Reference:

https://www.spineuniverse.com/conditions/scoliosis/recovery-scoliosis-surgery

By |Tuesday, June 13, 2017|News|0 Comments

Seizure due to brain tumor surgery

Like any other invasive procedure, brain surgery is closely associated with many side effects. However, the likelihood of side effects increases significantly when it comes to the surgery of the brain as it is the master of all body controls. The intensity and duration of the side effects varies in accordance with the reason for the operation and the area of brain on which the operation was carried out. In some uncommon cases, people have to re-learn some or all basic skills such as reading and writing.

The malignant and benign tumors of the brain can cause substantial tissue damage. Thorough removal of all affected tissue is important to prevent the tumor from spreading further or from reccurring. Although this does save the patient’s life, removing tissue leads to complications.

Infections– Infection constitutes an unwanted effect related to brain surgery. If bacteria gain access to the brain during the procedure, chances of brain infection are high. For example, infection due to Staphylococcus Aureus can lead to meningeal inflammation. As a small hole is made in the skull, the patient stands a fair chance of acquiring a skull infection. A proper antibiotic regime is started immediately to prevent such after effects.

Bleeding– There is a possibility of post-operative intracranial bleeding in cases in which surgical eradication of a malignant or benign tumor has been carried out. This bleeding is known as a hemorrhage and it causes an increase in pressure. This spike in pressure either within or on the brain as well as the surrounding structures has the potential to reach alarmingly high levels, leading to either unconsciousness or death.

Some symptoms that suggest intracerebral bleeding include: nausea, sudden headache, vomiting and loss of sensation leading to numbness. Weakness is another important symptom. One must call for a doctor’s help immediately on noticing these symptoms.

Seizure– Seizures are caused by unusual electrical activity within the brain. Post neurosurgery, seizures are quite common and may occur either immediately, after a few months or even many years after the day of operation. If the seizure does occur soon after the completion of surgery, it is regarded as a “provoked” seizure. Some seizures are classified as ‘unprovoked’ if they continue to occur for a long time after the surgery. Patients belonging to the latter category are diagnosed as epileptic.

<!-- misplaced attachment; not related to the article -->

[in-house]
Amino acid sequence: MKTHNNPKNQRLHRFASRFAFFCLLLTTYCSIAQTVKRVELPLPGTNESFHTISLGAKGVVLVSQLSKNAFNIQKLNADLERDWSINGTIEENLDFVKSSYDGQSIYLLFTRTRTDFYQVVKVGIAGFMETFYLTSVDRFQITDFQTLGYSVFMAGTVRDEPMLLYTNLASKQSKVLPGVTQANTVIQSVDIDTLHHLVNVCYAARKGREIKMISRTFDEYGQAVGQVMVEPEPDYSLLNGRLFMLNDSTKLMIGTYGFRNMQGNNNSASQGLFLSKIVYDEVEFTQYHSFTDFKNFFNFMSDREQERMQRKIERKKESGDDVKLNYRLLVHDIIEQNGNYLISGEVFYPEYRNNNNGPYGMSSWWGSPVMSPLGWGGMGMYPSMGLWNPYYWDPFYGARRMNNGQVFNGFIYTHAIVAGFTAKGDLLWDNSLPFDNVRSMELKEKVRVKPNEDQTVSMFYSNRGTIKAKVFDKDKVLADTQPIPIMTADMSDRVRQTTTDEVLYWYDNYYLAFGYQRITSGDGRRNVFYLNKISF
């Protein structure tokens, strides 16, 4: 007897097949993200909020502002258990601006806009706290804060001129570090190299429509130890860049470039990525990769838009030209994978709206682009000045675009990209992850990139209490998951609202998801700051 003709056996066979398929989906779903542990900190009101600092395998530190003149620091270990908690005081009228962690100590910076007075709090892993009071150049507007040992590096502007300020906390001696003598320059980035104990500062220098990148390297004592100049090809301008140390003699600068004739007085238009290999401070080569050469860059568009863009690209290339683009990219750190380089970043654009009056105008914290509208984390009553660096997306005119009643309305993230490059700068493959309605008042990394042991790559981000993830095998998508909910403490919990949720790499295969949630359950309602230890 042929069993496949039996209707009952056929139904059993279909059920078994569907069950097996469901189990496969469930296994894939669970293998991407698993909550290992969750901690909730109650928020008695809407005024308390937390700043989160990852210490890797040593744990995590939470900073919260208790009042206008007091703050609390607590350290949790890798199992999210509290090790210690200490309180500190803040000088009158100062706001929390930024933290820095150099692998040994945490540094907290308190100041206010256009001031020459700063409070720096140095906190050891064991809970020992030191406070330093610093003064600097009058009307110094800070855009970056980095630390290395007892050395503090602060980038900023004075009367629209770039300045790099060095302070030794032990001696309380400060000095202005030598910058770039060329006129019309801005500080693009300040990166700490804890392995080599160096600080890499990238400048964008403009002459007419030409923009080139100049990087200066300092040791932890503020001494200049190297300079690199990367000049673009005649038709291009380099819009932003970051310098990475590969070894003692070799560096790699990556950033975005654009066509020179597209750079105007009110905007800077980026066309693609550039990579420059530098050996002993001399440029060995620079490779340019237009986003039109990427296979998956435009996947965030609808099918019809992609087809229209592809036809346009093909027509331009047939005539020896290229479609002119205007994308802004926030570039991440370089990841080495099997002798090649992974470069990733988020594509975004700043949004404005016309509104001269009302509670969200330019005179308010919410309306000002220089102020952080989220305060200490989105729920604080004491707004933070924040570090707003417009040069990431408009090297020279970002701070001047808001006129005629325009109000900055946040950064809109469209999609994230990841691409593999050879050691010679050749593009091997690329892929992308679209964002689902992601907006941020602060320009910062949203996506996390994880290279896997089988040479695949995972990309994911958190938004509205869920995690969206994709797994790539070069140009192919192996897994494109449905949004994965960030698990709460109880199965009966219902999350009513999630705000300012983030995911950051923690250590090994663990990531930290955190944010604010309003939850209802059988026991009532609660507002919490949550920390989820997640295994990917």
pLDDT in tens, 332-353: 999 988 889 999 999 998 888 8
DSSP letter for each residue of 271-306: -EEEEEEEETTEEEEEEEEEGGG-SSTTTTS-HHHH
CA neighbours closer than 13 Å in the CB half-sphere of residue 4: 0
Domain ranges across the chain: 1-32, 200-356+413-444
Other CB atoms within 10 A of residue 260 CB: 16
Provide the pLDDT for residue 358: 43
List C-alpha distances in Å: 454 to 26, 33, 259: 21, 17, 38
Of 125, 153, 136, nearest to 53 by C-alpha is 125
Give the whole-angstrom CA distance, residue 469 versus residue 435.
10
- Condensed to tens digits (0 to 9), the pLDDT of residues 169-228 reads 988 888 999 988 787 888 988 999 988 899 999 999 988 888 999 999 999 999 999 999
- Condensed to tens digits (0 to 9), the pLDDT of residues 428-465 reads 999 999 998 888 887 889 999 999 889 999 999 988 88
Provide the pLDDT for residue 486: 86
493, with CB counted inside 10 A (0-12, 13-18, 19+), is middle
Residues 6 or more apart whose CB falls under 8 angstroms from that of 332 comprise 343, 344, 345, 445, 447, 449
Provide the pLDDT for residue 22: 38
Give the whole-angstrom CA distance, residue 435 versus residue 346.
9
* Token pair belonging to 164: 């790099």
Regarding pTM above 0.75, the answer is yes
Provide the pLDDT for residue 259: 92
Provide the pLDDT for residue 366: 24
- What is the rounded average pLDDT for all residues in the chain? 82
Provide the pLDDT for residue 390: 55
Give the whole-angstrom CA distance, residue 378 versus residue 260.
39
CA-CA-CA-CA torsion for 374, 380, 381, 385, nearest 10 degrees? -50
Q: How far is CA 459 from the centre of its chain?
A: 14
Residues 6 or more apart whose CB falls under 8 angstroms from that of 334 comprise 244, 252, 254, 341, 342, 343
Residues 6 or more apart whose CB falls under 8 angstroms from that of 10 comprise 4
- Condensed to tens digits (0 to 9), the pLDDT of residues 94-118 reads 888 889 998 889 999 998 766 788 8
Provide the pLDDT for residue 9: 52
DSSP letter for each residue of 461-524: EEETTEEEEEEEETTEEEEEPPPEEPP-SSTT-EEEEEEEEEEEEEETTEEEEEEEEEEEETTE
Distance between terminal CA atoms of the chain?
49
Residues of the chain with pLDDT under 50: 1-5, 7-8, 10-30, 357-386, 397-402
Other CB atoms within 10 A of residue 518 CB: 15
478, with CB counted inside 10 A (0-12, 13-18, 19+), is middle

Seizures occur because after the removal of damaged or infected tissue, the brain makes new but different connections with the nerves. Such abnormal connections lead to unprovoked seizures which range in frequency. The good news is that many such seizures are treatable via effective anti-convulsant drugs.

Stroke– A stroke is defined as an emergency medical situation in which the blood flow in the brain experiences a sudden interruption. Blocked vessels may be a cause of stroke, especially after brain tumor removal surgery.

By |Thursday, June 8, 2017|Blog, News|0 Comments

Transsphenoidal Surgery Post Operative Instructions

How to care after Transsphenoidal Surgery?

Headaches & Pain

Pain following pituitary surgery is usually readily controlled by this medication.

Do not be afraid to take a pain pill if you are uncomfortable, especially when going to bed at night or awakening in the morning. Sleeping with your head elevated (on at least 2 pillows) helps decrease pain and swelling. Do not operate machinery or drive when taking narcotics.

If your headaches worsen or are unrelieved by pain medication or your neck feels stiff and painful call your Dr.

Fatigue

It normal to feel fatigued after surgery for 3 to 4 weeks. Pace yourself. Slowly increase your activity and remember to rest when you are tired.

Sinus Congestion

Don’t be discouraged if you can’t breathe through your nose at first. It typically takes 2 to 3 weeks before the inflammation and swelling inside the nose have subsided enough to provide a good nasal airway. If you think you have a sinus infection, call your Dr.

Nasal Drainage